1.Rich in Antioxidants

  • Antioxidants are compounds that help neutralize the harmful effects of oxidative stress. This happens when cell-damaging molecules called free radicals to accumulate in the body.
  • Tomato soup is an excellent source of antioxidants, including lycopene, flavonoids and vitamins C and E, among many others.
  • Antioxidant intake has been linked to a lower risk of cancer and inflammation-related diseases, such as obesity and heart disease.
  • Additionally, research has shown that the antioxidant action of vitamin C and flavonoids may help protect against type 2 diabetes, heart disease, and brain diseases.
  • Vitamin E helps boost the antioxidant effects of Vitamin C.

2.May have cancer-fighting properties

  • Tomatoes are widely studied for their cancer-fighting properties due to their high lycopene content. They may be particularly effective against prostate and breast cancer.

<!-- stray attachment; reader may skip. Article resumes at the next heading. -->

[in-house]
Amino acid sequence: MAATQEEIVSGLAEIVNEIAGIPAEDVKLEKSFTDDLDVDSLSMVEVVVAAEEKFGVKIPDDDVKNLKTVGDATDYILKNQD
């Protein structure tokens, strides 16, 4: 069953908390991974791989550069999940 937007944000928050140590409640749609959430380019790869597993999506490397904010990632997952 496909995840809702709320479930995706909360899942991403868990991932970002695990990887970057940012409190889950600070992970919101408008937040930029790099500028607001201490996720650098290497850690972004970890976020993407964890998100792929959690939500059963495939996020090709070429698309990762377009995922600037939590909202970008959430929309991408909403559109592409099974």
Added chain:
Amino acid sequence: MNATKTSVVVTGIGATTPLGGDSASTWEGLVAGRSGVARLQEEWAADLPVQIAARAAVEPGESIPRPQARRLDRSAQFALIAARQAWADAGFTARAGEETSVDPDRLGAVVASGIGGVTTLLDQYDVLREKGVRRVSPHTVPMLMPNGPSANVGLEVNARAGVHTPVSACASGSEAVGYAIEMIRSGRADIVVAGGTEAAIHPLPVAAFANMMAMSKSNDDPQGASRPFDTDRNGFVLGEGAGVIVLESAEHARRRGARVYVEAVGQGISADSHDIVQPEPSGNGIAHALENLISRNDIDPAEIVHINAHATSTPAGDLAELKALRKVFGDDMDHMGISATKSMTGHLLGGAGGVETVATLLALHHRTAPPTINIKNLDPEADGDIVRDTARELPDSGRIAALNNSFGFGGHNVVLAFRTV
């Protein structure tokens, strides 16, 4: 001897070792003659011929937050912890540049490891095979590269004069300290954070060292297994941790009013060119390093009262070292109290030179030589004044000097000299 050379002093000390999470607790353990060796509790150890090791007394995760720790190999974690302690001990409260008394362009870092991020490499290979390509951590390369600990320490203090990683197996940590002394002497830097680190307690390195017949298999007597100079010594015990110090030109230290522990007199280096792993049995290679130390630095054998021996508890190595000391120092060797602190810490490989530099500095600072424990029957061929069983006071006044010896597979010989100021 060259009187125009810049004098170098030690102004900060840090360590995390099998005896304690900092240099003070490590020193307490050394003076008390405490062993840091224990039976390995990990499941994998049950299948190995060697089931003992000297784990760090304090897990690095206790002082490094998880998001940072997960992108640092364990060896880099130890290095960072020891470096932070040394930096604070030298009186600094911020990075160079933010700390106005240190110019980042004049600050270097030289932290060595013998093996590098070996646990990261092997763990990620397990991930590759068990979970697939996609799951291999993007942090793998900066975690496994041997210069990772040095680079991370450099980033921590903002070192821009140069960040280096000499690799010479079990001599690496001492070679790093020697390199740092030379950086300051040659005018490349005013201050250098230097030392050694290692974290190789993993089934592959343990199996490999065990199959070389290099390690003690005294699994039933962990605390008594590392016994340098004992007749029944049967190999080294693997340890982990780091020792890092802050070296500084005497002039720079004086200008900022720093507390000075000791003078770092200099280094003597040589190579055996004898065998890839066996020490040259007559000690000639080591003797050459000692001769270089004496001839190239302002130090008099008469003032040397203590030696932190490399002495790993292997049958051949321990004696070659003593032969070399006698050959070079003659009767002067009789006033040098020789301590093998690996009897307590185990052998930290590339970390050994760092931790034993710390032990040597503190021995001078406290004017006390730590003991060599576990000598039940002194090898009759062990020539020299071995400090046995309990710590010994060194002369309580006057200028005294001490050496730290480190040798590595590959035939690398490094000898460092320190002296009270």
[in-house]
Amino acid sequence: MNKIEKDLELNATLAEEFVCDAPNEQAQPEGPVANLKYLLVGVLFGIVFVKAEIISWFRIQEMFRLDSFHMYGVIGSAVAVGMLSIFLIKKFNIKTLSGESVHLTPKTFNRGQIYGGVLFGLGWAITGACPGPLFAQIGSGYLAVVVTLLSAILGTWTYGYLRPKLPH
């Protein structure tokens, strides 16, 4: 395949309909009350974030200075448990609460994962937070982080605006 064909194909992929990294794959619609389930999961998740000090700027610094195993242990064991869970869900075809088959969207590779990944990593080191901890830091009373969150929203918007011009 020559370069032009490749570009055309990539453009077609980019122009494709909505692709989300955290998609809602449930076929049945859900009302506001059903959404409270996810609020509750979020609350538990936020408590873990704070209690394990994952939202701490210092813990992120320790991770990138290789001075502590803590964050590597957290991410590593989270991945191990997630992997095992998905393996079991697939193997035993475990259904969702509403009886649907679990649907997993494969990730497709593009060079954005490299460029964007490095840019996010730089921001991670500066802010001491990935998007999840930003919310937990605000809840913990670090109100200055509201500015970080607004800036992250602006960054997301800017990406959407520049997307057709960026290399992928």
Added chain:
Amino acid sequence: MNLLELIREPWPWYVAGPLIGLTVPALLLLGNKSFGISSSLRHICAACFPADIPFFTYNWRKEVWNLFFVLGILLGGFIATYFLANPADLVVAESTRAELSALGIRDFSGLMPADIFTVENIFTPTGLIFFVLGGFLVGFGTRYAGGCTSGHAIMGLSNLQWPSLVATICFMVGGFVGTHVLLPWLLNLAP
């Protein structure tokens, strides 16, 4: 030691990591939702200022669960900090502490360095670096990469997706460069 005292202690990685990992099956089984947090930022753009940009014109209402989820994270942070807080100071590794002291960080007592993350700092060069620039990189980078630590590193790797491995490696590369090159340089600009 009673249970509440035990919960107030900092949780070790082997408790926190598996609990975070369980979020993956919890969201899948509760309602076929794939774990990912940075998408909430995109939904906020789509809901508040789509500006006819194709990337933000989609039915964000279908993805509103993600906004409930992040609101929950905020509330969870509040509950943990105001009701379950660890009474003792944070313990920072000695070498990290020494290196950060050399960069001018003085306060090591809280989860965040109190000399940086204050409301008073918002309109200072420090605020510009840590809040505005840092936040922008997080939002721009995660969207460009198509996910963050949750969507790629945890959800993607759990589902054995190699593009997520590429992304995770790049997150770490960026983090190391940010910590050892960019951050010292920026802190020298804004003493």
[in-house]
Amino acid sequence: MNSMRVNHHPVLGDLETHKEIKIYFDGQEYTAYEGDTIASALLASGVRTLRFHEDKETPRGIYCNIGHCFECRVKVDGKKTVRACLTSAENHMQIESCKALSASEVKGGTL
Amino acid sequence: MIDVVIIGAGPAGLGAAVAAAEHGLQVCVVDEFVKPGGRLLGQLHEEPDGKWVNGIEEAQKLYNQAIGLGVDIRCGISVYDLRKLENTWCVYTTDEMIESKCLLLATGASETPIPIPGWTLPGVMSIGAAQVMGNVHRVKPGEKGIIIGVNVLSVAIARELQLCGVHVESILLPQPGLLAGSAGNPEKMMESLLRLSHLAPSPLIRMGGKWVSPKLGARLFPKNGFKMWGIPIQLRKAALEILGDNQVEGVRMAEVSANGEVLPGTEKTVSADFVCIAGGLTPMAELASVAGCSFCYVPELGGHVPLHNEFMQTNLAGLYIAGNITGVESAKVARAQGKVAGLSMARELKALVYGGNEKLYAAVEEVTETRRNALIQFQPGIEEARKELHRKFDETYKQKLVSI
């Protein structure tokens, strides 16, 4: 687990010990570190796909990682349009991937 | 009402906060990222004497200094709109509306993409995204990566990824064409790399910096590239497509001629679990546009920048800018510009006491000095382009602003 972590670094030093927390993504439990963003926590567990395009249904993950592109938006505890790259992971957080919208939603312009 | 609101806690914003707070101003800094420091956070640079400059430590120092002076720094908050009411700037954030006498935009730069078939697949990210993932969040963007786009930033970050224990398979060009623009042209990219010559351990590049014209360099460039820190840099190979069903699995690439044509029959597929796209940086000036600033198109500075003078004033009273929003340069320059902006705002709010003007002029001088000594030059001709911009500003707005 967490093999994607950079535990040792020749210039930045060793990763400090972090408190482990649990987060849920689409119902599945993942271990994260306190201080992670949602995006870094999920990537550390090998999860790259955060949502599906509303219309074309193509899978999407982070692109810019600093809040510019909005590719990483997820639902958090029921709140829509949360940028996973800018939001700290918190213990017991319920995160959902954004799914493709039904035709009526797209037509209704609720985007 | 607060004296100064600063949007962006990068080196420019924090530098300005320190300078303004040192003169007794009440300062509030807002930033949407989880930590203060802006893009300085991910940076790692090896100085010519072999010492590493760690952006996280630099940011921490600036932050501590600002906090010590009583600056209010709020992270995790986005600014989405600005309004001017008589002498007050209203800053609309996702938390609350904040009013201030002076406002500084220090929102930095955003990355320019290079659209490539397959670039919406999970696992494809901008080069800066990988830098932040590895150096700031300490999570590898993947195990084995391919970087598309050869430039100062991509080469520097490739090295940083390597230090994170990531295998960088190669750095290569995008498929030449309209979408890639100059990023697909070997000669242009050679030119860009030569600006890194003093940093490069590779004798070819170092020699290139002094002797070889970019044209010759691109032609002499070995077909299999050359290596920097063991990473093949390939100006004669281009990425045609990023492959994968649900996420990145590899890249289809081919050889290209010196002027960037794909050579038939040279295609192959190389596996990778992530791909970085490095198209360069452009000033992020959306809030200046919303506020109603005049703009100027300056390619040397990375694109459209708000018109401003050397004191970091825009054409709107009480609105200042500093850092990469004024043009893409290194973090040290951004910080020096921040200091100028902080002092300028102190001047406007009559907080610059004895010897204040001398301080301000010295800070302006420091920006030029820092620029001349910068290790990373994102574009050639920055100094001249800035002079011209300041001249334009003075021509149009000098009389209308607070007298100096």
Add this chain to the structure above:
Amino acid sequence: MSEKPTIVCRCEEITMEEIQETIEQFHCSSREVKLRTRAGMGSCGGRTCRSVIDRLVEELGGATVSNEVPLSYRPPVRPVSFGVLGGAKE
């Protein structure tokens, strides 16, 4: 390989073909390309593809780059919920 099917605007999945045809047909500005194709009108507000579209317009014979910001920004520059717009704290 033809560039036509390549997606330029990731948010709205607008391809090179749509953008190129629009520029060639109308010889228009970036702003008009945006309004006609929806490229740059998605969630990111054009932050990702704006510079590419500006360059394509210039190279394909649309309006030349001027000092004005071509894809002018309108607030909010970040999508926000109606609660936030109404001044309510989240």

• Prostate cancer is the fifth leading cause of cancer-related death globally, and the second most commonly diagnosed cancer in men.
  • Several studies have found a direct link between high lycopene intake, especially from cooked tomatoes, and a lower risk of prostate cancer.
  • Research suggests that lycopene may induce cancer cell death. It may also slow tumor growth in a process called anti-angiogenesis.
  • Consuming higher levels of carotenoids has been associated with a reduction in breast cancer risk of up to 28%. These carotenoids include alpha-carotene, beta-carotene, and lycopene.
  • While these results are promising, the evidence suggests that lycopene is not potent enough for people to use it as an anticancer drug on its own.
  • Research suggests that the antioxidant capacity of lycopene may also interfere with chemotherapy and radiation therapy.